Interview With Reg Traviss, Director of Psychosis

Last week I described Reg Traviss’ Psychosis as a just the sort of for-the-fans horror picture that most likely would go direct to DVD these days now that all of the fleapit cinemas have been replaced by multiplexes.

Speaking to Traviss on the phone, I got to discuss that idea a little, as well as talk through his history as a filmmaker, influences on this film, and the projects he has coming up next. You can (a) skip to the bottom and read a transcript of some of the highlights, (b) listen to our entire conversation by clicking on the following link, or (c) download it with a right click:

Reg Traviss Interview

Here are a few key examples of what Traviss had to tell me:

[Psychosis] is in the tradition of cult British 70s horror… It would help [audiences] to know that they’re going into something that’s sort of British, that’s a sort of tight, simple, dark story. It’s not effects, it’s a not… a complicated piece… more in the vein of 70s British horrors [like] Straw Dogs.

I’m quite a fan of Hammer, you know, like the old Hammer Horrors, Tales of the Unexpected; and I wanted to do something for a long time, before Joy Division, like this. Something contemporary but feels a bit sort of 70s in its cinematic grammar, if you like, and almost like a feature length version of one of those Tales of the Unexpected episodes.

Yeah, I mean, I’m happy with the film because it is what it is. It came out how I wanted it to come out… so in that respect, as a “genre piece” I’m very pleased because I think it works [as that]… you have films that are quite wide in their appeal, and the way you may appreciate them as a filmmaker you think, “It works on every single level… it all works as a composite piece,” and there are other projects like Psychosis where you… look at it in a certain way. It’s not realism, it’s not a big commercial thing that’s going to appeal to everybody.

I wanted to keep the audience guessing as much as I could throughout the whole film… I wanted the audience to question her [the lead character, played by Charisma Carpenter]. Of course some people are going to make up their minds early on. Others won’t, but I thought it was important to keep them guessing right up to the very, very, very last second.

I’m on another film at the moment… it’s a film called Screwed, based on a best selling book of the same name. It’s a prison thriller so I’m just on that, directing that, and that’ll wrap up before Christmas, and Man of a Thousand Cuts should be ready for next year.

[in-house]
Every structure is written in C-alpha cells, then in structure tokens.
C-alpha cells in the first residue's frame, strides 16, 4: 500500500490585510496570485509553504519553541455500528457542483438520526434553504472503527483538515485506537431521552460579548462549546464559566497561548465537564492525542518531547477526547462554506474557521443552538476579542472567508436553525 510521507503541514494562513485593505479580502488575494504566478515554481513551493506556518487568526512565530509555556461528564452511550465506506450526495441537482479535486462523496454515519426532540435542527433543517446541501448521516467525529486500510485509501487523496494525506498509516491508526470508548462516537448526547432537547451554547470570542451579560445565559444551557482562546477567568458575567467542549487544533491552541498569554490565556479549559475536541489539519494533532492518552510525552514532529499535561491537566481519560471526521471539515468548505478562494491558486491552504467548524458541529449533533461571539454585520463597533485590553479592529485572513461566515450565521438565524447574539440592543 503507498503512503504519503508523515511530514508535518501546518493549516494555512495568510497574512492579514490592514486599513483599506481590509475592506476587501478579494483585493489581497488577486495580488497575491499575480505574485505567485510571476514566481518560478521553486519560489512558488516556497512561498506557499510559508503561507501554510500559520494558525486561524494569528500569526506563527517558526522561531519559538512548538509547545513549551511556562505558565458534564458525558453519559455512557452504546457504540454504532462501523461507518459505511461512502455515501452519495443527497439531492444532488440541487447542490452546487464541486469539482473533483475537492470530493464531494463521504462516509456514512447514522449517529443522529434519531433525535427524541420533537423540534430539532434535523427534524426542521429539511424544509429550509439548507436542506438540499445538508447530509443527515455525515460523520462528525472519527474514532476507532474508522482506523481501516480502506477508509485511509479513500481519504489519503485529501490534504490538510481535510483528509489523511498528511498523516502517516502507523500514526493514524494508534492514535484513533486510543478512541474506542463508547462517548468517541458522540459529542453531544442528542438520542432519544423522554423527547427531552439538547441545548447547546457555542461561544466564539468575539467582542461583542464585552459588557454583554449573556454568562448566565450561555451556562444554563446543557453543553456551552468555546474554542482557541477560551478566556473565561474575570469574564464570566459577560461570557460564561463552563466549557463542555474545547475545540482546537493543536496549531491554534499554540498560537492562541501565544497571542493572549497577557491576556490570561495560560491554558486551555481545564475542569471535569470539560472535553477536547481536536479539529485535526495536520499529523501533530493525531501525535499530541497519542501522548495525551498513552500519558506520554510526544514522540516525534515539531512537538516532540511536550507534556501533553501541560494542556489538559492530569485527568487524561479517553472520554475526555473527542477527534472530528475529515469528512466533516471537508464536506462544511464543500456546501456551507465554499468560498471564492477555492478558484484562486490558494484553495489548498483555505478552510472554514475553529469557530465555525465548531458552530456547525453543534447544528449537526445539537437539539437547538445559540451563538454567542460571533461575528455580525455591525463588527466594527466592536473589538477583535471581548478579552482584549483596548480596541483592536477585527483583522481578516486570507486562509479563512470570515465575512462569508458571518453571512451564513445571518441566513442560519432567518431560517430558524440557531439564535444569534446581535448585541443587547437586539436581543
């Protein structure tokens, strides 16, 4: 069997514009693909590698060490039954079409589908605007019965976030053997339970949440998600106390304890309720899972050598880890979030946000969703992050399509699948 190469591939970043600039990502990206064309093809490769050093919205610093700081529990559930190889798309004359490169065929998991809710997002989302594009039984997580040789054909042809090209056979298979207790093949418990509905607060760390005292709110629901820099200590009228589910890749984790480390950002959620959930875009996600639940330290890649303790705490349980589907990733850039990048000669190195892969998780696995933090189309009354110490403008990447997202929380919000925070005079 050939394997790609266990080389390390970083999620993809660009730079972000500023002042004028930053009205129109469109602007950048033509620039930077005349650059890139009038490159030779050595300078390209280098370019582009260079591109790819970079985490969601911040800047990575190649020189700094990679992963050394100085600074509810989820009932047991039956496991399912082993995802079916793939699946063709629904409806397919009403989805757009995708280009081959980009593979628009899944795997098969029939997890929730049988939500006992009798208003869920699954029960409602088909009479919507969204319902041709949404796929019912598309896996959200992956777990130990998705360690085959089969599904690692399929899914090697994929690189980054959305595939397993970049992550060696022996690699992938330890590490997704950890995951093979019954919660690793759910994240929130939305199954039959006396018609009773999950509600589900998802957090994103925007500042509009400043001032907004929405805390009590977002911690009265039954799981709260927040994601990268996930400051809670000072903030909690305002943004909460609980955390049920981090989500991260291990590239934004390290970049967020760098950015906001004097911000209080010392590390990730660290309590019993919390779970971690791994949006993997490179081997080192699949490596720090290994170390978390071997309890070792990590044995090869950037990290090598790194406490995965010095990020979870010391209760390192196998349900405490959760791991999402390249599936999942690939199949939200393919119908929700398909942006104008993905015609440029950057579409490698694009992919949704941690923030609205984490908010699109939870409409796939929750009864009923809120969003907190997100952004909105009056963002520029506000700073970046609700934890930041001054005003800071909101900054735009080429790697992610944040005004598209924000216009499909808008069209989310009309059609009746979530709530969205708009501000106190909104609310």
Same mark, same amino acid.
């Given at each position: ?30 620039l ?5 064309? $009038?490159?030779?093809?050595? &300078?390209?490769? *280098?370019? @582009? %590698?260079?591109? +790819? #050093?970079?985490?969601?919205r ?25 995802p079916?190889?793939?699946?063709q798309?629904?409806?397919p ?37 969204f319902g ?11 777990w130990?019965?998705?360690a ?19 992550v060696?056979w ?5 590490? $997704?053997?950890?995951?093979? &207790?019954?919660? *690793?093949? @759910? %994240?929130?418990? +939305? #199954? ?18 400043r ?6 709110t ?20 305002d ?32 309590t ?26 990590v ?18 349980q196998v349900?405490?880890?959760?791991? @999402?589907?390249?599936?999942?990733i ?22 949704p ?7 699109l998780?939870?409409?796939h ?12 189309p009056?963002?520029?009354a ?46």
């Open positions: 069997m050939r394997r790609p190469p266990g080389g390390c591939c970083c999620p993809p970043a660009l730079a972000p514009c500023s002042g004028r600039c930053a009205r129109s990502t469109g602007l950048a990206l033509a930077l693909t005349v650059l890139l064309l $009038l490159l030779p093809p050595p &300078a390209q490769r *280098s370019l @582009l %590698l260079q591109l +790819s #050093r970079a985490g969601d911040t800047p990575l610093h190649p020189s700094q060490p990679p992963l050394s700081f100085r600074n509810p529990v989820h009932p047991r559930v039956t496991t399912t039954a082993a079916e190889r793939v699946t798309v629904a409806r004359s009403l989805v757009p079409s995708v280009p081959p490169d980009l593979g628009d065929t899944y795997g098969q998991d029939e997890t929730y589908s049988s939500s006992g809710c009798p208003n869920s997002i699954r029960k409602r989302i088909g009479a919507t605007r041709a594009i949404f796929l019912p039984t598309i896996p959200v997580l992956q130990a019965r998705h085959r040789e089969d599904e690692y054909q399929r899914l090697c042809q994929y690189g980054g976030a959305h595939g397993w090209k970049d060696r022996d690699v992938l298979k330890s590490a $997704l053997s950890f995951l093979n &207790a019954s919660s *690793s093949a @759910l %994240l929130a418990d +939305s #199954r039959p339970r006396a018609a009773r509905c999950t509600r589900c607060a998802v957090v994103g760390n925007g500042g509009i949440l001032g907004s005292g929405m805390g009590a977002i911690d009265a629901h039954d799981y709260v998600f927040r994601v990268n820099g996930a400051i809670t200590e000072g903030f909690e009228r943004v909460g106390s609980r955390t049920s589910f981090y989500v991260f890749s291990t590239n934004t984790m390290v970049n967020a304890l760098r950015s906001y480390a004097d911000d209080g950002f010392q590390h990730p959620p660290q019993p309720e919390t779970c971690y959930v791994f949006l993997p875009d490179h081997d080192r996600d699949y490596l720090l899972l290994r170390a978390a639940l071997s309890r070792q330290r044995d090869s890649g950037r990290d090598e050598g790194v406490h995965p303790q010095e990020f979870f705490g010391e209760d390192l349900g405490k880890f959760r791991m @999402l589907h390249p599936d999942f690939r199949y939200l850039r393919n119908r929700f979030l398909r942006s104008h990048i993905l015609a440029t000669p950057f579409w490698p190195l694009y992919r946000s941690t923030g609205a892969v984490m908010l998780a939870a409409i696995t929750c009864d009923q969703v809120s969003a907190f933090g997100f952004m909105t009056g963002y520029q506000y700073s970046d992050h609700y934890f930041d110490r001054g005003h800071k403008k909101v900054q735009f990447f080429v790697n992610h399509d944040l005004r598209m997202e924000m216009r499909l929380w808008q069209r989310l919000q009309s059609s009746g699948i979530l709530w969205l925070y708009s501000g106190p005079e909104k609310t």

Man of a Thousand Cuts is an idea I had from years ago as well. Joy Division as well, and Psychosis; they’re all projects that I’ve wanted to do for the last 12 years or so. It’s a big project, and it’s taken a lot of time to develop it and get it right and, of course, to raise the money as well. I wouldn’t call it a personal project, but it’s an idea that I’ve been working on for quite a few years, and a story that I’ve known of since I was a kid.. a true story.

Ricci Harnett is on board [for Screwed], Frank Harper is on board, but they’re in the support. It’s a nice project, it’s very different as well. It’s a prison film, but it’s about the prisoner officers as opposed to the cons….  It starts in Iraq, so there’s a scene in Iraq at the beginning, the lead… comes out of  the army, he’s had a bit of a rough time, he blames himself for the death of his mate. He could go down the criminal path, but he ends up going into another uniform job. He goes into the prison service, and then he discovers that the prison officers are all corrupt, and there’s various levels of corruption within the prison itself. It’s not a drama, it is a thriller.

Traviss was refreshingly sincere and candid, and his film is accordingly straight-up. For better and worse, Psychosis has wound up being convincingly similar to the sort of thing Traviss remembered from his youth and wanted to pay tribute to. It is a film out of time and out of fashion, but you, like me, might enjoy the occasional trip down a memory lane that’s lined with tatty old video store posters and paved with battered VHS cassettes.

The Psychosis DVD hits shelves in the UK today, Monday, 19th July.